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ACE H cartridge
as reviewed by Adam Goldfine
An Analog Odyssey
As far as I'm concerned, next to the real thing, there is nothing better than fine analog. My first audiophile epiphany came at the hands (or arm) of a turntable when I was about 22 years old. I had wandered into Stereo Exchange—at the time it was located in a second floor walk up on the East side of Broadway in NYC—where I heard Tim Hardin singing "Reason to Believe"; written and recorded by the folk singer in 1965 and later made famous by Rod Stewart. It was vinyl played back on a turntable—don't ask me which one—through Dahlquist DQ 10s. Yes! That's it! It blew my mind. It was the first time I had ever heard true high end sound; something that I knew must exist but had never been able to find. (Kind of like Neo in the Matrix). From that point on I was hooked.
The subject of this review is the ACE H, a high output, moving coil phono cartridge hand-made by Benz Micro in Switzerland. It's one of very few cartridges made by hand at this price point. ACE stands for Advanced Cartridge Engineering and is said to use a cost effective version of the stylus and generator from the next in line and somewhat pricier Glider ($795), mounted in an acrylic body. It's available in low, medium, and high output versions. The body of the high output version is a sexy blue. At 2.5mV, it works well with low gain MC or MM preamps. I fed it into the all tube Music Reference RM-4+ phono-preamp with 36dB of gain, which was plenty.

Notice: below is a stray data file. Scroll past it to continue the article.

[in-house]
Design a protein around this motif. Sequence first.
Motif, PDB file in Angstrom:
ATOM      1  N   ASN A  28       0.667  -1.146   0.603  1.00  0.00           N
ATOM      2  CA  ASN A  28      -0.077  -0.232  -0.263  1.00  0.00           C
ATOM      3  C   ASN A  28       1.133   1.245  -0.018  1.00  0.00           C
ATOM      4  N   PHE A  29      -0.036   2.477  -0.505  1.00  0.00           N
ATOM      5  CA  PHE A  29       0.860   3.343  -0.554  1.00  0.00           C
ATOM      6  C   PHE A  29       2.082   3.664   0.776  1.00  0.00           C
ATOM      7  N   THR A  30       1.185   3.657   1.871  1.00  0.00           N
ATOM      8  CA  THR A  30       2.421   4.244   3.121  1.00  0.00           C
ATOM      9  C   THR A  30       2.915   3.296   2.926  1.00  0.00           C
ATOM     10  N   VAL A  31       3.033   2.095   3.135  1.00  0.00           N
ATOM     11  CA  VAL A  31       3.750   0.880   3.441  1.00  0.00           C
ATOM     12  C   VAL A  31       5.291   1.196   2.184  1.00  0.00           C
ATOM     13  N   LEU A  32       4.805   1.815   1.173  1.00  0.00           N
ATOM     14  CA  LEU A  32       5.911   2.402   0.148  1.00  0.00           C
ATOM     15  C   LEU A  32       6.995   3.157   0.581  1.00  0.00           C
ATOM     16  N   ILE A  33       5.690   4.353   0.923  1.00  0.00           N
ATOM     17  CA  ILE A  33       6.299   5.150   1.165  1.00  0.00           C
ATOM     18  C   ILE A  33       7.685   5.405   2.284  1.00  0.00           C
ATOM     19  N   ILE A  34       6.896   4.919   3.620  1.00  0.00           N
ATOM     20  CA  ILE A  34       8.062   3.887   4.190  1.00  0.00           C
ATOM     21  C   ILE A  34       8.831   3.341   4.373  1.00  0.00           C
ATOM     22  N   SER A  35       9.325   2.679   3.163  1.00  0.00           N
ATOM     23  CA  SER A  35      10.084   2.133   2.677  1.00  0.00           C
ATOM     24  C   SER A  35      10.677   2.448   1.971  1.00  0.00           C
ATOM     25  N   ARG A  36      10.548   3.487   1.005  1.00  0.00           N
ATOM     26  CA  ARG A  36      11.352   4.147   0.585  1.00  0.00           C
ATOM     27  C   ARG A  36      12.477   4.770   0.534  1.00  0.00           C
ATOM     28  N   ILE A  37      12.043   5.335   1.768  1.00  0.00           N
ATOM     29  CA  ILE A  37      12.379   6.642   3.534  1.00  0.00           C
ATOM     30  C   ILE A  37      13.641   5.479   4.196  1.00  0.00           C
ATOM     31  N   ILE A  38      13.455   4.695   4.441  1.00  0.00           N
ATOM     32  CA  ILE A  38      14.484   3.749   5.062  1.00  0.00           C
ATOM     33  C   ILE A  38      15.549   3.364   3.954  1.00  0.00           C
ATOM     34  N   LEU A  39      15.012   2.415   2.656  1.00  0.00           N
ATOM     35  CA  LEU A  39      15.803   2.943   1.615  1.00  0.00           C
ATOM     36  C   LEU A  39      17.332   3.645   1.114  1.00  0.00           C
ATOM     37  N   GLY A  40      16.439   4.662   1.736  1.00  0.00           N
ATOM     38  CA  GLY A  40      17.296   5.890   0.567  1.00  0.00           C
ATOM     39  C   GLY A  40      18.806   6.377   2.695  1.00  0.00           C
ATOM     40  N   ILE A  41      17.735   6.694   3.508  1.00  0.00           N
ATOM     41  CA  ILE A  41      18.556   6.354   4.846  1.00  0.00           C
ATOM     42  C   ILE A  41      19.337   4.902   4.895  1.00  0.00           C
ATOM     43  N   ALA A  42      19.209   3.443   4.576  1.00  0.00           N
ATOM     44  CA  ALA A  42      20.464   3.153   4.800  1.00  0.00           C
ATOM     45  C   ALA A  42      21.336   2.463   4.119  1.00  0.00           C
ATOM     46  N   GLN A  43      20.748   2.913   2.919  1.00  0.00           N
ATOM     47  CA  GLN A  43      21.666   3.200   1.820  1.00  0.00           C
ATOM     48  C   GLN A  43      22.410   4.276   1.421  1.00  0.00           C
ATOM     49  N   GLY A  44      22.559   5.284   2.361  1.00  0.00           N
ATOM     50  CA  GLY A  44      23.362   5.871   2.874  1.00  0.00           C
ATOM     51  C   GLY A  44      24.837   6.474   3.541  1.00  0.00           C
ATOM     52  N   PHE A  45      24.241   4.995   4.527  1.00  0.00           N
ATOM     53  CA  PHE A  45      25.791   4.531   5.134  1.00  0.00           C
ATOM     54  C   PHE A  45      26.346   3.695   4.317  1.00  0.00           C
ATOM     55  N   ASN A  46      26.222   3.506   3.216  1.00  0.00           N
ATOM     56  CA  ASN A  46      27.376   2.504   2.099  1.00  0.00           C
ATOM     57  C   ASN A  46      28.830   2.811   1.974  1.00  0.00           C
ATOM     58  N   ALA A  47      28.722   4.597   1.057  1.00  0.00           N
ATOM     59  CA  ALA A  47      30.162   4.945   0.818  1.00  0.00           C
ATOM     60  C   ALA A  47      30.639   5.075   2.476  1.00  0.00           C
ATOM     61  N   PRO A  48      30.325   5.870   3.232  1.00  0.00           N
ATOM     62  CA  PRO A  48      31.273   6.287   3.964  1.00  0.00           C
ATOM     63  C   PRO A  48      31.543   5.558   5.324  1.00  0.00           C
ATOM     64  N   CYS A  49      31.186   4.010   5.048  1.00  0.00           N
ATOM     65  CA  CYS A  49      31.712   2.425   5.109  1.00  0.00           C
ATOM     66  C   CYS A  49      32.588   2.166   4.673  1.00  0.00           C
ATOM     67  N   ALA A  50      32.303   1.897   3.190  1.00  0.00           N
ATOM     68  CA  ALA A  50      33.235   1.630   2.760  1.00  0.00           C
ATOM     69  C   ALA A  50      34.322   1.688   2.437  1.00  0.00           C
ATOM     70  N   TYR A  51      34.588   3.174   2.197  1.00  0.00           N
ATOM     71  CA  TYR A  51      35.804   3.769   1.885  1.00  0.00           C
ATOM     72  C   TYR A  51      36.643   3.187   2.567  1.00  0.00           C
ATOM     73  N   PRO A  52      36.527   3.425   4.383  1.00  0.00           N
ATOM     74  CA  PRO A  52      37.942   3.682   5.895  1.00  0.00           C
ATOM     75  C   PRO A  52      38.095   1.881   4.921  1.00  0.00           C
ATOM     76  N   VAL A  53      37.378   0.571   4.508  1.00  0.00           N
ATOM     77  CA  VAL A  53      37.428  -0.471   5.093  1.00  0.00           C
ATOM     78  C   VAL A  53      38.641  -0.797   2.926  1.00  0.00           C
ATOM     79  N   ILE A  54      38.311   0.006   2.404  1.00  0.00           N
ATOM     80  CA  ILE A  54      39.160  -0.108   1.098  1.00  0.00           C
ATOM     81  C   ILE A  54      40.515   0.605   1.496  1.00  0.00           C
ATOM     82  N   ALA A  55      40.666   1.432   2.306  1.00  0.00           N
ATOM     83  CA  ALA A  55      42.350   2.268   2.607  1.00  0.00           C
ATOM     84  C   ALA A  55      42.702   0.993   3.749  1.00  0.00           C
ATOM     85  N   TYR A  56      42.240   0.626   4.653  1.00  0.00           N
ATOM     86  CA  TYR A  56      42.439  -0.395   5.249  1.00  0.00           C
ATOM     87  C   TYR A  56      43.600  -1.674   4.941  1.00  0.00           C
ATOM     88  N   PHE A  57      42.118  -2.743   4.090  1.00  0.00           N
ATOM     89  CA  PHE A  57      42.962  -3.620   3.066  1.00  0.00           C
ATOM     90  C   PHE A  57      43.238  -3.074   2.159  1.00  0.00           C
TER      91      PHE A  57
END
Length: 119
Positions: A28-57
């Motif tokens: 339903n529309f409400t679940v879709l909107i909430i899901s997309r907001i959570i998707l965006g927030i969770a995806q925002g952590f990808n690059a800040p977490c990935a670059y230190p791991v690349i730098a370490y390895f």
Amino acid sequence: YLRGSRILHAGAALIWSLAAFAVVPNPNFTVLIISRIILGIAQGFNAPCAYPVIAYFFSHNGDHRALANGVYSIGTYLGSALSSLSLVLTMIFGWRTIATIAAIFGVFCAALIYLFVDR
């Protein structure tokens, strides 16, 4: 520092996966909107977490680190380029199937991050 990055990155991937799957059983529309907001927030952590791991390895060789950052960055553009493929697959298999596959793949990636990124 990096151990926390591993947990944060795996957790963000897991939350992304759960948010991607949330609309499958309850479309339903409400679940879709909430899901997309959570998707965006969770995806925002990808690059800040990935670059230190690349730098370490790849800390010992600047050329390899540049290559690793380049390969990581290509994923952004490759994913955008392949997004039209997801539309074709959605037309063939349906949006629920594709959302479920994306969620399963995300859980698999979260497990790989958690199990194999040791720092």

The ACE H comes nicely packaged in an acrylic case containing the cartridge, secured by two screws, to a molded insert. The case also includes minimal directions and specs, two sets of mounting bolts (one long, one short), one set of mounting nuts, a non-ferrous screwdriver, a bubble level and a stylus brush. (I would forgo using the stylus brush to clean your stylus and recommend using the Zerodust instead.) The package also includes a pair of small Teflon washers, to protect the surface of your head shell from the head of the mounting bolts, but fashion be damned, I mounted the cartridge without the washers preferring the more intimate metal-to-metal contact.
Thanks to threaded inserts on the cartridge body, it was fairly easy to set up, though the combination of the transparent blue acrylic body and tapered bottom made sighting a straight edge to set the tangency somewhat of a challenge (especially when you are getting old enough that your eyes start doing funny things.) Mounting it on the Pro-Ject 9 tonearm requires using the available heavy counterweight for cartridges over 8 grams. It's available from Music Direct for $30.
The very brief set-up instructions—basically a laundry list of settings—revealed a break-in period of 40 hours. 40 hours! Breaking in a cartridge isn't like breaking in a CD player where you just turn everything else off, shove a disc in the tray, set it to repeat, and then come back a week later with the deed done. You gotta flip these vinyl suckers and listen to ‘em to make sure the needle hasn't gone off the deep end, so to speak. Who has 40 hours for that? Apparently I do.